Cassini Phone Home
Goldstone Deep Space Communication Complex
Apollo Valley, originally used in the Apollo missions to the Moon, is now home to the largest cluster of antennas at Goldstone. A 26-meter diameter (85 feet) and three 34-meter (111 feet) antennas are in round-the-clock communication with spacecraft throughout the solar system, as well as ones relatively close to home as they orbit Earth.
It is a “Mission Possible” – to infuse children and adults with the wonderment and awe of outer space by exposing them to the giant antennas at Goldstone Deep Space Communication Complex. How do you define “wonderment?” Dictionaries are very simple - “Something that produces wonder; a marvel.”
“A cause or occasion of wonder.”
“The joy of discovery.”
The last sentence. That’s it. That is what I felt when I saw the giant communication antennas up close and personal on my tour of the Goldstone Deep Space Communications Complex.
The two gleaming dishes of the Gemini station are the first antennas on the road into GDSCC. They are so alien-looking in the Mojave Desert landscape - so very white in a sea of browns and dull-gold. But it is their size that can overwhelm the senses - and the knowledge of what they do. I parked the car for a moment and just stared at them.
I felt as if I had discovered a whole new world. A world of infinite possibilities; of extraterrestrial life, of exploration beyond planetary bounds. Not science fiction but science fact.
It is one thing to see objects of space exploration on television or in films. But when the intricacies of spacecraft and their communication devices are within arms' reach, then fantasy can become reality.
The Goldstone Deep Space Communication Complex is north of Barstow, California on Fort Irwin National Training Center. It is one of three complexes, which comprise NASA’s Deep Space Network. The DSN provides radio communications for all of NASA’s interplanetary spacecraft and is also utilized for radio astronomy and radar observations of the solar system and the universe.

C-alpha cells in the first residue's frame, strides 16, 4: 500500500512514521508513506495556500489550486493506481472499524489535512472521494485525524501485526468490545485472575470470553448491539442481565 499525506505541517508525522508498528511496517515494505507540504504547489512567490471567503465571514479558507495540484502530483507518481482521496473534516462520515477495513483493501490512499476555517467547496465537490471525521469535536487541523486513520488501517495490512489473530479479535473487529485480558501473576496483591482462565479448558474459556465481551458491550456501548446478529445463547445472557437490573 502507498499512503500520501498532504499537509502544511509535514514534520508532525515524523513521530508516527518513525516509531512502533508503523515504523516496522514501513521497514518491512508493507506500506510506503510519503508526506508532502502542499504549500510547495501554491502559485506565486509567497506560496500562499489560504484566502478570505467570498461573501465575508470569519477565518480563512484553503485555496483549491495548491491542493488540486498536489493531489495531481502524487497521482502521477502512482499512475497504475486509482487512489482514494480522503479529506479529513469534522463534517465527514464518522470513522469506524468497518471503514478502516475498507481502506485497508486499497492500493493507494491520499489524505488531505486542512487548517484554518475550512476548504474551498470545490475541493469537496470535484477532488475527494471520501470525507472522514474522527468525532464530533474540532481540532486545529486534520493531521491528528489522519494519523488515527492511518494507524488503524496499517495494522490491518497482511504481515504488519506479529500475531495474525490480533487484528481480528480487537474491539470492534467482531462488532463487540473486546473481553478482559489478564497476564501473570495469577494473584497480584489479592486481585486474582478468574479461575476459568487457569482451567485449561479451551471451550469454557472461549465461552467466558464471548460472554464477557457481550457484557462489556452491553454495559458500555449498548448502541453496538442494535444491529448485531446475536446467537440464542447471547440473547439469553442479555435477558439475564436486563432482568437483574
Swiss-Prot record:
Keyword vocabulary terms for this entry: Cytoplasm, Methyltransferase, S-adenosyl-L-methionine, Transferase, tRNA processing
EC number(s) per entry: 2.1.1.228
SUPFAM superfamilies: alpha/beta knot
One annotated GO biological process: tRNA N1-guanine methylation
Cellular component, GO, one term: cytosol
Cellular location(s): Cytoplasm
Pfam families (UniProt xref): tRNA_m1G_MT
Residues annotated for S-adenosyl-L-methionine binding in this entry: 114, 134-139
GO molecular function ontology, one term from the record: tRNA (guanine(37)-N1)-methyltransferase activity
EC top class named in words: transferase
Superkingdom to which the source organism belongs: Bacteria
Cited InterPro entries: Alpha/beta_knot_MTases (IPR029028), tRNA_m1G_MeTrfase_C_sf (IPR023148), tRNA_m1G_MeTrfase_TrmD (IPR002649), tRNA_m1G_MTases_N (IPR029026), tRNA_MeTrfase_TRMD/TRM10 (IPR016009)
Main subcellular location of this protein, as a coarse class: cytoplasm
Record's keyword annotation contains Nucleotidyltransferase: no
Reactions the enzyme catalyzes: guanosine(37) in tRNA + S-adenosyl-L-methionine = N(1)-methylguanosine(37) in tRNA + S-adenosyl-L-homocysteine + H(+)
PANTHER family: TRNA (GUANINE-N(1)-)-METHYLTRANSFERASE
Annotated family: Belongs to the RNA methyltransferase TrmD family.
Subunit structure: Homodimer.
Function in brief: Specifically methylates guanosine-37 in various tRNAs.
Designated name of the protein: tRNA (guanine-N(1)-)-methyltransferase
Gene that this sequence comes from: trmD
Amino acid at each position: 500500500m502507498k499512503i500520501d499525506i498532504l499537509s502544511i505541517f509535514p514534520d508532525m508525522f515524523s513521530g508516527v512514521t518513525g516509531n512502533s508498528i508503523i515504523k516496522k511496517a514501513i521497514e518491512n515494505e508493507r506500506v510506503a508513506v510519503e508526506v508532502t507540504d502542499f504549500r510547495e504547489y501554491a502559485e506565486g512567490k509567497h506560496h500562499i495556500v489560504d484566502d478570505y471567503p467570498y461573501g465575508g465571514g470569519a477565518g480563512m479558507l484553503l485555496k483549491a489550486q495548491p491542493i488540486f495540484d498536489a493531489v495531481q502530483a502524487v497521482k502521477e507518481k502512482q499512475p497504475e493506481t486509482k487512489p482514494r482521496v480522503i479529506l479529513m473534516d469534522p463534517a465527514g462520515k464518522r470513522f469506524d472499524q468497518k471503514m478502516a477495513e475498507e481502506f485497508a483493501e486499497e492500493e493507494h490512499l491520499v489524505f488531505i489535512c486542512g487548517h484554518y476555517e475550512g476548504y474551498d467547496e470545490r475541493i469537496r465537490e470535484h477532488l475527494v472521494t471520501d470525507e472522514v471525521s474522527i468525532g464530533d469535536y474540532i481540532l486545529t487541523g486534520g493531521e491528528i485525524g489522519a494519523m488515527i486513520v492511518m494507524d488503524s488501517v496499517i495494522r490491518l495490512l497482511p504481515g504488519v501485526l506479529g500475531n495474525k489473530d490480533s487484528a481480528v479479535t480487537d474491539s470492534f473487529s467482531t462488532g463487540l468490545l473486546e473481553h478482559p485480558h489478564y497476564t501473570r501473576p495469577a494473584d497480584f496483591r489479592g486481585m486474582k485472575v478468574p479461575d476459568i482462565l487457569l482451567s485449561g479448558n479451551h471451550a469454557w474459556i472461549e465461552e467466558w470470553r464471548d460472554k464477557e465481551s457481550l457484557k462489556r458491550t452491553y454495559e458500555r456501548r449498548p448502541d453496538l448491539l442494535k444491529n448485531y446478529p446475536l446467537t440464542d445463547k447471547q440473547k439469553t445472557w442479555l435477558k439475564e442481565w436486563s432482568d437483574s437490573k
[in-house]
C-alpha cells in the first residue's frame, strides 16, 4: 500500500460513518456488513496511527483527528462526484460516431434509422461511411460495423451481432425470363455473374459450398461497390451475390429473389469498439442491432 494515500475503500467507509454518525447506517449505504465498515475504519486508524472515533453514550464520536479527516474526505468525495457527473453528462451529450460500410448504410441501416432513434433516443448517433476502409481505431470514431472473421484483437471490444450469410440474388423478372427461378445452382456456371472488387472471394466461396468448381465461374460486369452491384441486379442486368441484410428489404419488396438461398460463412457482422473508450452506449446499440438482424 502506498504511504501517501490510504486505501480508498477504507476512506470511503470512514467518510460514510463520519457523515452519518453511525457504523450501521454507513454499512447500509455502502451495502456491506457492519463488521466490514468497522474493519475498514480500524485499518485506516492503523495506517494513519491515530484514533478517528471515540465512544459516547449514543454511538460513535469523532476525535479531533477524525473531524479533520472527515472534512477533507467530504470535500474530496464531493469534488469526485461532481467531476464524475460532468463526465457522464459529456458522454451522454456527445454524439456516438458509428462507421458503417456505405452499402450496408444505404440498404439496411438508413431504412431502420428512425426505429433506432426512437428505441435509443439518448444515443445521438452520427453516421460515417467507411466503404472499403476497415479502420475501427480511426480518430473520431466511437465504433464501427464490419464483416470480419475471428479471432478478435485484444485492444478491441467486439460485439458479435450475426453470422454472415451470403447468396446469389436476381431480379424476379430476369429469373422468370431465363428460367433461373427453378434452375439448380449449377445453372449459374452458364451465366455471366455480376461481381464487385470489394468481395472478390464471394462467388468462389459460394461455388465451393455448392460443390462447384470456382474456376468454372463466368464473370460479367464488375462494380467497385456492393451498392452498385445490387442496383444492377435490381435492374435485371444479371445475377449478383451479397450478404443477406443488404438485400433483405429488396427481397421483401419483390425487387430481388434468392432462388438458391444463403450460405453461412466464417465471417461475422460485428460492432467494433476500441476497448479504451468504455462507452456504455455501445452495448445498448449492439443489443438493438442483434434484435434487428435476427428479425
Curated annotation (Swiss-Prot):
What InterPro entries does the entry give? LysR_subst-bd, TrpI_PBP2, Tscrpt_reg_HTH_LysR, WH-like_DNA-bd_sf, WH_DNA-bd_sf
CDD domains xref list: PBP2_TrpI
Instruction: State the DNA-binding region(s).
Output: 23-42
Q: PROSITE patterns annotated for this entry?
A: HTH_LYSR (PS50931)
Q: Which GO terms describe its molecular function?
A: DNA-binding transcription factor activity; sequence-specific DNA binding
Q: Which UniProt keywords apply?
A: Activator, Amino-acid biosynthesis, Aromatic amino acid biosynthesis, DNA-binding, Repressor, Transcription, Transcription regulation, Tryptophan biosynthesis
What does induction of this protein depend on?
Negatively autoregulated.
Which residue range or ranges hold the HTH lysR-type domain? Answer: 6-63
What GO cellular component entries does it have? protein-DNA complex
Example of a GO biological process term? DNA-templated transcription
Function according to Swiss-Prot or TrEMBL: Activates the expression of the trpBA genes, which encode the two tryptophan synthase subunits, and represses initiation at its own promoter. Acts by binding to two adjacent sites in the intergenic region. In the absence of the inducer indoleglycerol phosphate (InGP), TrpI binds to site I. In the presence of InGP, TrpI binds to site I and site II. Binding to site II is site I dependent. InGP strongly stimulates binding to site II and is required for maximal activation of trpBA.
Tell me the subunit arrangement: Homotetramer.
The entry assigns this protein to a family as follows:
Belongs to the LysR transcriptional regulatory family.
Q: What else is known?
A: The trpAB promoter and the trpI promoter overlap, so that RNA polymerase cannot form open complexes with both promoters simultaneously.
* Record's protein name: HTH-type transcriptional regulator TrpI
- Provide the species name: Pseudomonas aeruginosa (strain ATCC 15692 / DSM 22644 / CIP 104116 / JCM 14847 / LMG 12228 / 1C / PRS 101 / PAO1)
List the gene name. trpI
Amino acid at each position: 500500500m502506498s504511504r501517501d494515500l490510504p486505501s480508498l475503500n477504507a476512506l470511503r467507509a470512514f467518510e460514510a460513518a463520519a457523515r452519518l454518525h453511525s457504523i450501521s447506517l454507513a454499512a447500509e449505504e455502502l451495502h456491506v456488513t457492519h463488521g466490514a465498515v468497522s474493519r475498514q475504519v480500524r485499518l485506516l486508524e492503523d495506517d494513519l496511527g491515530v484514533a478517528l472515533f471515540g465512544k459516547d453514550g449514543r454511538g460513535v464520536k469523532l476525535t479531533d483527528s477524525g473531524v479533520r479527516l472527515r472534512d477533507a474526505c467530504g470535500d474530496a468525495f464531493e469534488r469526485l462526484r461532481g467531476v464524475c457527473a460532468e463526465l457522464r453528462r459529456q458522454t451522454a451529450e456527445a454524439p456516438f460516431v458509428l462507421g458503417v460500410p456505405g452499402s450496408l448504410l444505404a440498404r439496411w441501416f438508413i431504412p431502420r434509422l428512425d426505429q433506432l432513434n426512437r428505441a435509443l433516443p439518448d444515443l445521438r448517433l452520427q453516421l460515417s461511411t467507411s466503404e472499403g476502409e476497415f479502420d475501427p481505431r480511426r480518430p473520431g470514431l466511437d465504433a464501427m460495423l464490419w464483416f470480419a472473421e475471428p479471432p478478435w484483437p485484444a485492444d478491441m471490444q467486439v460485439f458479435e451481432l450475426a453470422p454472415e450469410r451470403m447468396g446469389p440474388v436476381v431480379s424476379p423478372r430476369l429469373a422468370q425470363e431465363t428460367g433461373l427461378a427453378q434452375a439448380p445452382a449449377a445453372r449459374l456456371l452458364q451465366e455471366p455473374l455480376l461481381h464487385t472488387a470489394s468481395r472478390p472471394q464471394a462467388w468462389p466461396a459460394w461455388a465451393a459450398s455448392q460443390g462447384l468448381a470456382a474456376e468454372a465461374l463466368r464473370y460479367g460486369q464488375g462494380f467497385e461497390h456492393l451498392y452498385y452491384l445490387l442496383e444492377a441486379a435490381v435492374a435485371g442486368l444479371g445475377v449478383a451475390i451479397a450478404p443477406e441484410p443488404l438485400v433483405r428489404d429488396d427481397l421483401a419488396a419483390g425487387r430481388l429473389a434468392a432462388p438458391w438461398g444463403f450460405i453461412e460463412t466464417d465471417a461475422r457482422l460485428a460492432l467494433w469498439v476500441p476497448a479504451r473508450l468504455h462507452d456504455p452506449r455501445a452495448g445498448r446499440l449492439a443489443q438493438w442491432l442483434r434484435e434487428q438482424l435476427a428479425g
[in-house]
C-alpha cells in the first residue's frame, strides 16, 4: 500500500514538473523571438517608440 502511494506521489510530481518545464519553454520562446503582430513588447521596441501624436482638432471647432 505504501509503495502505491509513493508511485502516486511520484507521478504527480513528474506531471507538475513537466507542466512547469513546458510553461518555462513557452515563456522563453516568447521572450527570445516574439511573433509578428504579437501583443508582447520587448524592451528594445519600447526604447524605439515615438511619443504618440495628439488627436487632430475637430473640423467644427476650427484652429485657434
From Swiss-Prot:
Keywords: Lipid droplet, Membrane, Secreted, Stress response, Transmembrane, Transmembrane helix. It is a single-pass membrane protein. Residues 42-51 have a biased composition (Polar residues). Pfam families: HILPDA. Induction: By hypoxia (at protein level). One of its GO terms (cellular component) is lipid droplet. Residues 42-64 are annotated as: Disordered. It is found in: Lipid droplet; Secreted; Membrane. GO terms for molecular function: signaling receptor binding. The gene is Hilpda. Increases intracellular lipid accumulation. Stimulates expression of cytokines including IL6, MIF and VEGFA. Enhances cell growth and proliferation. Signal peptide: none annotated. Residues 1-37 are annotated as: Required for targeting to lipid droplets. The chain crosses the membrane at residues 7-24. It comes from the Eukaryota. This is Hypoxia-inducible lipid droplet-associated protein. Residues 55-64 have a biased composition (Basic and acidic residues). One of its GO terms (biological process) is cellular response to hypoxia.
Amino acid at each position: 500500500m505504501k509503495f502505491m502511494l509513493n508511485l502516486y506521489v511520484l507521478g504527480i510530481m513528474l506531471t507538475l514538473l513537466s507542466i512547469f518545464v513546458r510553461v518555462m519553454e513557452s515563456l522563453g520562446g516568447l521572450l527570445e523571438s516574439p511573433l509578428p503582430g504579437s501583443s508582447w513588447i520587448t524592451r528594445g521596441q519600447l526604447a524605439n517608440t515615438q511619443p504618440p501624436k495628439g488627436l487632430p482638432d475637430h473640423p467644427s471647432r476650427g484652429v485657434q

The facility provides the means for Earth-based teams to send commands to spacecraft and bring back images and information collected about planets, the solar system and the universe beyond.
It can also track asteroids that are potentially hazardous to Earth. For example, asteroid 2007 DT103 was discovered by the Mt. Lemmon Survey (University of Arizona) on Feb. 26, 2007. Goldstone ran a series of tests and observations through early August of that year, on this traveling rock.
The different antenna stations at Goldstone are usually busy tracking and communicating with a variety of spacecraft. “These are some of the spacecraft we are tracking right now: The two Mars’ rovers - Spirit and Opportunity; the two Voyagers and the largest craft out there, Cassini, currently in orbit around Saturn,” said Karla Warner, outreach coordinator for the communication complex. (NASA's website states, "Cassini completed its initial four-year mission to explore the Saturn System in June 2008 and an extended Cassini Equinox Mission through 2010. Now the healthy spacecraft is working even more overtime on the Cassini Solstice Mission, seeking answers to new questions raised in Cassini’s first years at Saturn.")
“When the Cassini mission launched back in 1997, we knew of only 18 moons orbiting Saturn,” said Carl Murray, a Cassini imaging team scientist from Queen Mary, University of London. “Now, between Earth-based telescopes and Cassini we have more than tripled that number – and each and every new discovery adds another piece to the puzzle and becomes another new world to explore.”
The 60th addition to the Saturnian system was discovered by Murray on May 30, 2007 and was affectionately, if temporarily, named “Frank, ” before earning its official name, "Anthe". (The count of Saturn's moons is now up to 63.)
Scientists believe the more we know about space and its bodies, the more we can learn about our own planet Earth.
Visitors from Los Angeles to Fresno and Las Vegas to Victorville come to Goldstone for the amazing tours and museum. There are experiments, model spacecraft, hands-on displays and a drive around the desert to see the various antenna stations and a full-size replica of a Mars rover.
Groups can be from one to 50, with the majority being from schools, families, clubs and senior citizens' groups.
An experiment with soundwaves involving a tunnel is pretty popular. “Most kids who have been here before ask if they are going in the tunnel,” Warner said. She tells them, “Yes, if you want to,” with excited enthusiasm for what she does. “I love these kids,” she said.
Reservations are required for tours of the Goldstone Complex. To book a tour, call (760) 255-8688 or email firstname.lastname@example.org. Tours are geared to the audience whether they be astrophysicists or toddlers. Warner said, “The public needs to be aware of the great stuff we have in space.”
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